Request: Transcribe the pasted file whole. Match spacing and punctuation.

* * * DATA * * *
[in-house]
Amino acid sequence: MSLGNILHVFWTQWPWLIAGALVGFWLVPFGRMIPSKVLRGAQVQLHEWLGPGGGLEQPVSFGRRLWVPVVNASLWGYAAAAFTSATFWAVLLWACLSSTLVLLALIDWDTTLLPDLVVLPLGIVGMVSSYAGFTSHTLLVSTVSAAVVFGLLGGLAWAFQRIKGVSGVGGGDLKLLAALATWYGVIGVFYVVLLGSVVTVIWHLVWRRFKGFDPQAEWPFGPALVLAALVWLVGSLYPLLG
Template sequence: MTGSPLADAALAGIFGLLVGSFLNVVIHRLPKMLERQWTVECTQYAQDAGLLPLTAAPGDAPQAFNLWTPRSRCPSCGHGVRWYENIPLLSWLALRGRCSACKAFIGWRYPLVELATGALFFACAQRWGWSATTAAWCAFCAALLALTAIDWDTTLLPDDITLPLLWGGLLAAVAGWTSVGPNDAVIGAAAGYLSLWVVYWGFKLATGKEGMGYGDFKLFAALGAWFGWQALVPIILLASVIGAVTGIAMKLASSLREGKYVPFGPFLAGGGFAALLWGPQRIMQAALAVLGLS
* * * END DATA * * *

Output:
[in-house]
Amino acid sequence: MSLGNILHVFWTQWPWLIAGALVGFWLVPFGRMIPSKVLRGAQVQLHEWLGPGGGLEQPVSFGRRLWVPVVNASLWGYAAAAFTSATFWAVLLWACLSSTLVLLALIDWDTTLLPDLVVLPLGIVGMVSSYAGFTSHTLLVSTVSAAVVFGLLGGLAWAFQRIKGVSGVGGGDLKLLAALATWYGVIGVFYVVLLGSVVTVIWHLVWRRFKGFDPQAEWPFGPALVLAALVWLVGSLYPLLG
Template sequence: MTGSPLADAALAGIFGLLVGSFLNVVIHRLPKMLERQWTVECTQYAQDAGLLPLTAAPGDAPQAFNLWTPRSRCPSCGHGVRWYENIPLLSWLALRGRCSACKAFIGWRYPLVELATGALFFACAQRWGWSATTAAWCAFCAALLALTAIDWDTTLLPDDITLPLLWGGLLAAVAGWTSVGPNDAVIGAAAGYLSLWVVYWGFKLATGKEGMGYGDFKLFAALGAWFGWQALVPIILLASVIGAVTGIAMKLASSLREGKYVPFGPFLAGGGFAALLWGPQRIMQAALAVLGLS